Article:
• Sunday, March 18, 2018: Gitu Barua–Writing Place – The Geography of the Heart

    Writing Place – The Geography of the Heart Workshop by Mahasveta (Gitu) Barua Joan Didion said, “A place belongs forever to whoever claims it hardest, remembers it most obsessively, wrenches it from itself, shapes it, renders it, loves it so radically that he remakes it in his own image.”  When we write, we think carefully about character, plot, dialogue and setting. But often setting can be more than just a separate element. Place can be part of character. All of us remember reading works where the place is so clearly described, that we can see it in our minds. We […]

  • Sunday, February 18, 2018: Lisa Lutwyche–Who am I? Character & Dialogue

    Writing real Dialogue and believable Characters are essential skills for writers of all genres, not just scriptwriters. This is a writing workshop for any writer who wants to exercise character development and to create dialogue that sounds authentic. Who are we?  What do we want to say? Narrative Hook/Basic storytelling elements Do you have a story to tell?  Do your characters? Who are your characters and why are they necessary? What makes Character? Dialogue; How do people Speak? The Art of Eavesdropping/Listening to learn to speak Allowed to tell the story/Point of View Monologues and speeches Language/dialect/culture What’s Happening? What’s NOT […]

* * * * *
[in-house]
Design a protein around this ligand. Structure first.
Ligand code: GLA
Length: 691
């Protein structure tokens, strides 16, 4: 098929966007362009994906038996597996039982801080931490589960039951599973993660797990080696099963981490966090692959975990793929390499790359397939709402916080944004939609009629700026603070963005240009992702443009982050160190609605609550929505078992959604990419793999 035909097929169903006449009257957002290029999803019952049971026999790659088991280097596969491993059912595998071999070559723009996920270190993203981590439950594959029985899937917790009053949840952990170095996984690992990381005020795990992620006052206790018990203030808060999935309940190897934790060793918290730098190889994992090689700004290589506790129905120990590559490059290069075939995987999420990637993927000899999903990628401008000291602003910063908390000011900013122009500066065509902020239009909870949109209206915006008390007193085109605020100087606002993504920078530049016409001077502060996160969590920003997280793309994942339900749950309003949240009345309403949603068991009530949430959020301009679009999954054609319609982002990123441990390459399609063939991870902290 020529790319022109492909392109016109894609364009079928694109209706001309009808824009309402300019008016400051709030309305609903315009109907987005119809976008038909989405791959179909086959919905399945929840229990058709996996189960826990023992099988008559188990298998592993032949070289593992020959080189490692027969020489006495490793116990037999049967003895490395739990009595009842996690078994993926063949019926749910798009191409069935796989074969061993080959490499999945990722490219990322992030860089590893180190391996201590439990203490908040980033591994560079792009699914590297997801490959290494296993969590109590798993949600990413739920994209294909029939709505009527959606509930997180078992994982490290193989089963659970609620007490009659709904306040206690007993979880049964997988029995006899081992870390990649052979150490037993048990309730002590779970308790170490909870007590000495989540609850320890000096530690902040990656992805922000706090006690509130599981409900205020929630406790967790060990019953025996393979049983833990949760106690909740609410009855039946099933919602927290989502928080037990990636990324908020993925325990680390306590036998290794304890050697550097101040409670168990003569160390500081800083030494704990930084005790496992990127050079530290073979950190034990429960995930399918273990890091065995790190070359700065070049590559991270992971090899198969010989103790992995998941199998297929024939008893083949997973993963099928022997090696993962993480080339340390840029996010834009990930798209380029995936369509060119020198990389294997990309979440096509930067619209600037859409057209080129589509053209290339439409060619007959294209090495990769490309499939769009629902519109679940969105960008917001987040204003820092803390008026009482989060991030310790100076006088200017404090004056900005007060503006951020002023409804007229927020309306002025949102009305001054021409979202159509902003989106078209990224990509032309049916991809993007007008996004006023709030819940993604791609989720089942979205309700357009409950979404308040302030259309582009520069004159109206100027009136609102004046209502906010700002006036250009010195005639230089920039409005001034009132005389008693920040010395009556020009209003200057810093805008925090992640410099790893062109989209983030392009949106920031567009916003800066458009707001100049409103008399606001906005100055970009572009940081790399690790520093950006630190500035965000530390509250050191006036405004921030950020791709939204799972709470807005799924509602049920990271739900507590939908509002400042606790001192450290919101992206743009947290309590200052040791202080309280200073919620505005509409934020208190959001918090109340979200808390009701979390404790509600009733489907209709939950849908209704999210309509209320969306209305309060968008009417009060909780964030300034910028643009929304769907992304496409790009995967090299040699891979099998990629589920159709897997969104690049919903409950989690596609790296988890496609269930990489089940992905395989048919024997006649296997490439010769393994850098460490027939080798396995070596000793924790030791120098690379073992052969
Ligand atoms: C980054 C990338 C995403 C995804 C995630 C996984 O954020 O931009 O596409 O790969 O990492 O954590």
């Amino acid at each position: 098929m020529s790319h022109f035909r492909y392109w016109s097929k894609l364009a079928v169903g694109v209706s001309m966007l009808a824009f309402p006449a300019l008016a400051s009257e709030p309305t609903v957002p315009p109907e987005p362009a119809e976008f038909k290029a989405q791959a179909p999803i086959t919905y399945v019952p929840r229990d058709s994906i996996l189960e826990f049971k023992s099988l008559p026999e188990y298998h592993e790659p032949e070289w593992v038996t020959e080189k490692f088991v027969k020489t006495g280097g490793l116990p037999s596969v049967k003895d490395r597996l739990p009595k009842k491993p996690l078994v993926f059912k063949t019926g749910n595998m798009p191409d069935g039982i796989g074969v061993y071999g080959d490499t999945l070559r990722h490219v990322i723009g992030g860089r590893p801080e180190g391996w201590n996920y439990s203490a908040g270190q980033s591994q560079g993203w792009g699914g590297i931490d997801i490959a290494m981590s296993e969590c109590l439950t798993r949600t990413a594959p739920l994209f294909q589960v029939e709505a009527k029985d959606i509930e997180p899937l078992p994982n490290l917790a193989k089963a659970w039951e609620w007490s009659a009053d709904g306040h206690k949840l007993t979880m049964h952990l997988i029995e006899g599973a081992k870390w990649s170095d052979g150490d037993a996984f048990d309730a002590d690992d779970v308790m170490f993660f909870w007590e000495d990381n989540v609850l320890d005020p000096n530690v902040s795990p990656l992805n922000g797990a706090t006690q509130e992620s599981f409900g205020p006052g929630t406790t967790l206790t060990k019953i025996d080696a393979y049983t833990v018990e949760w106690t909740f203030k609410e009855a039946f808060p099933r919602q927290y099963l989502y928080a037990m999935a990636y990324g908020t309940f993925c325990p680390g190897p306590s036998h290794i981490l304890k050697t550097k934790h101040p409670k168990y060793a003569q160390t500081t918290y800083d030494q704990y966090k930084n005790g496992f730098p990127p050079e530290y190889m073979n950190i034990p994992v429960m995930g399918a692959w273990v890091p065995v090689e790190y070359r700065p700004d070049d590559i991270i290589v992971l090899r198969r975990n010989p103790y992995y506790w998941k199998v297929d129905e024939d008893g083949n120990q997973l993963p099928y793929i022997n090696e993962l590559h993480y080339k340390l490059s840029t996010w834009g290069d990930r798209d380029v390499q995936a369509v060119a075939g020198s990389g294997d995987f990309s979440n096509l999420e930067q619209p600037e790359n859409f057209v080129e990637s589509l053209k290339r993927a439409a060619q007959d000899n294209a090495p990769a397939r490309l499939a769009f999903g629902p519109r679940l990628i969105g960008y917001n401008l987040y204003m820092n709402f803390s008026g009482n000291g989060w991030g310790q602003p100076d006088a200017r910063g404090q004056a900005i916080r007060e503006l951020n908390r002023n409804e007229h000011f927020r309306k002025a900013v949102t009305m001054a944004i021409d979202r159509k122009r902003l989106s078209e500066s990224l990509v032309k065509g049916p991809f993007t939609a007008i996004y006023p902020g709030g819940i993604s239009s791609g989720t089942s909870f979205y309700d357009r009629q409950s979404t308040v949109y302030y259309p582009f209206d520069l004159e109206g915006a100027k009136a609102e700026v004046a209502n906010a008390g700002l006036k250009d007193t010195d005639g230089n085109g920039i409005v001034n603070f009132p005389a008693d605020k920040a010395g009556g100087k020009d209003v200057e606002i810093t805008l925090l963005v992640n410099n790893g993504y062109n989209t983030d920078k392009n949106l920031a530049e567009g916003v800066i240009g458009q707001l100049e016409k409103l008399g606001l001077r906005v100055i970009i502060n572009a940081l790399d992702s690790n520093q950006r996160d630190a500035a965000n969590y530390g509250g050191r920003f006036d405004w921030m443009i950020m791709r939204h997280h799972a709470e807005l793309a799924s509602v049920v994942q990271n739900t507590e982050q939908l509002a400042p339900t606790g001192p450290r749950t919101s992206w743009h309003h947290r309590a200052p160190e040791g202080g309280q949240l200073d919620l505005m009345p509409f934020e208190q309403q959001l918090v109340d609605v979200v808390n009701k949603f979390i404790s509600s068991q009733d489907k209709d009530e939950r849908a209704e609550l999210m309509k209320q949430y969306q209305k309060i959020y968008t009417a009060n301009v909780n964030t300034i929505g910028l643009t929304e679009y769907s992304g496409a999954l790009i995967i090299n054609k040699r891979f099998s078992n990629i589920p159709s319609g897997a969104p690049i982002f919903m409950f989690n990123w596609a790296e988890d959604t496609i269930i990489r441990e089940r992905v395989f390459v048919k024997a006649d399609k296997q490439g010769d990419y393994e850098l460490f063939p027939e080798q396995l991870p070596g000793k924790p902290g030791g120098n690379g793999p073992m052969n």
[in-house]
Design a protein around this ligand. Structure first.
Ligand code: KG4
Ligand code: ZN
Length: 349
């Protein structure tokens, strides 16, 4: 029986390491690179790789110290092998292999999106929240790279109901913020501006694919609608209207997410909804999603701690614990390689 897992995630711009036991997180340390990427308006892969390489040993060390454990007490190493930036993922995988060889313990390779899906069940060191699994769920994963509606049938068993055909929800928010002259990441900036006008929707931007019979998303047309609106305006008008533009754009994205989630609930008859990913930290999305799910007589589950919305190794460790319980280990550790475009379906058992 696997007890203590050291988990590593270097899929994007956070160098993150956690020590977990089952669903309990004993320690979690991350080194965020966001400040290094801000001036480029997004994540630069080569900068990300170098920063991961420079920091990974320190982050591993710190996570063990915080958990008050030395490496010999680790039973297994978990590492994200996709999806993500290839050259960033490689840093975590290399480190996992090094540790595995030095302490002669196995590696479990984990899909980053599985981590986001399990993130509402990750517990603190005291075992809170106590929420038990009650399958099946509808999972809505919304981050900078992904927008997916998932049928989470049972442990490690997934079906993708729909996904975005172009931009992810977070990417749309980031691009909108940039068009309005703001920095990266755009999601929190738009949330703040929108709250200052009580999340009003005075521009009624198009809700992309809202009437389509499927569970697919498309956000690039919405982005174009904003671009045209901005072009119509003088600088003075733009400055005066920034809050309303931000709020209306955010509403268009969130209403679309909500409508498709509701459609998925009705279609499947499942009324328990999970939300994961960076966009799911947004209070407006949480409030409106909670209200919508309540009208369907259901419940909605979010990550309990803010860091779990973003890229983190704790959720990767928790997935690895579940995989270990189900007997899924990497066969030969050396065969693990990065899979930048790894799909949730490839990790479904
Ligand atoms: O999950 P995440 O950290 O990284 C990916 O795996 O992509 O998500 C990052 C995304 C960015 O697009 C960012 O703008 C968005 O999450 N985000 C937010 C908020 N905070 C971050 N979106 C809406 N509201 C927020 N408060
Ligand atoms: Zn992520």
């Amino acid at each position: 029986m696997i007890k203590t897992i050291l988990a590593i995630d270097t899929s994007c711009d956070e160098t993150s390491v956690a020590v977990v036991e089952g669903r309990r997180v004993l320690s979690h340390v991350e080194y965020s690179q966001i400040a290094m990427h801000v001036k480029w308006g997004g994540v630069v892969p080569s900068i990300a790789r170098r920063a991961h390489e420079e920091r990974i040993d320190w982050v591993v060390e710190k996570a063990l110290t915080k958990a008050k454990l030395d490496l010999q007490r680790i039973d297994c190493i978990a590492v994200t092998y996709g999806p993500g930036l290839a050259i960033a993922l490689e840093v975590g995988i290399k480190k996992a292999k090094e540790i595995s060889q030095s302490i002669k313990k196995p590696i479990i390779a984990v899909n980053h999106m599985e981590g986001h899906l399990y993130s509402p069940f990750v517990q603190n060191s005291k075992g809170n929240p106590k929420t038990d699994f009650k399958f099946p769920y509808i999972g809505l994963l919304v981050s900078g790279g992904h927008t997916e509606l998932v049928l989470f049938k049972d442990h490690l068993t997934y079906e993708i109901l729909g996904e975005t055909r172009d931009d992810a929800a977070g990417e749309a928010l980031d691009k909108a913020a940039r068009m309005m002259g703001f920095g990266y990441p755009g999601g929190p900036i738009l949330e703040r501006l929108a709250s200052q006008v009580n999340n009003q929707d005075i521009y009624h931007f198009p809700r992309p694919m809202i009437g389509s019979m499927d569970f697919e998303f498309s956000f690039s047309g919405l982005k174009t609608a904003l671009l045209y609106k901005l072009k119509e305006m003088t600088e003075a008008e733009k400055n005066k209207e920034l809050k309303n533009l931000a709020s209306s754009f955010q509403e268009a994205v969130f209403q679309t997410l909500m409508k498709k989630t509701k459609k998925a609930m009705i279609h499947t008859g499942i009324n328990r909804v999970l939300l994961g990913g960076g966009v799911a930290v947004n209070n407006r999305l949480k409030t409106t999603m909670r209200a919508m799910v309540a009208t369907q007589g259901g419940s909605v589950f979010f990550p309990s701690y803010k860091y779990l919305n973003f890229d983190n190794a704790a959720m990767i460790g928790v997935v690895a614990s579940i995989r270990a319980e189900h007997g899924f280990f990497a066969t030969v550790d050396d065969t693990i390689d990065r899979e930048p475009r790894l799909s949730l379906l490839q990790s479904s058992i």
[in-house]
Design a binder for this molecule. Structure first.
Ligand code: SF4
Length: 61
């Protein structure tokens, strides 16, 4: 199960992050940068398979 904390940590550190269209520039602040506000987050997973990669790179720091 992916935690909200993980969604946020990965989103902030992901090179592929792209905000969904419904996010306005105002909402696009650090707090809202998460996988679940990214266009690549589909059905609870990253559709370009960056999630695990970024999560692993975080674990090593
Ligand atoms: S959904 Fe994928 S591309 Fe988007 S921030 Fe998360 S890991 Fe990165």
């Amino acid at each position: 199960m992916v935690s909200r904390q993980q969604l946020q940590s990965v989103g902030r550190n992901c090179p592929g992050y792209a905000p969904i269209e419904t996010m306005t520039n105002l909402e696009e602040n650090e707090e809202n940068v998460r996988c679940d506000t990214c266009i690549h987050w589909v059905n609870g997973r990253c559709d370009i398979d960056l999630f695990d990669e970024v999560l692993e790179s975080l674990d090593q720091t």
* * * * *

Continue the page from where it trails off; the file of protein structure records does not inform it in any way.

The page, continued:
• Sunday, January 21, 2018: Grants & Opportunities for Artists Step-by-Step

    with Roxanne Stanulis, Program Officer, Artist Programs and Services and Ramona DeFelice Long, writer and editor Learn what services are available to writers, including who’s eligible for grants and fellowships and what’s involved in the application process. All services are free. Learn how much the DDOA has to offer you and how easy it is to participate. You will also learn what the Delaware Arts Roster can do to get your work in the public eye, increase sales, and open up opportunities for readings, lectures, and more. Ramona DeFelice Long will lead a session on how to write an artist’s […]

  • Sunday, December 17, 2017: Liz DeJesus on “Fairy Tale Retelling: Old tales in new skins”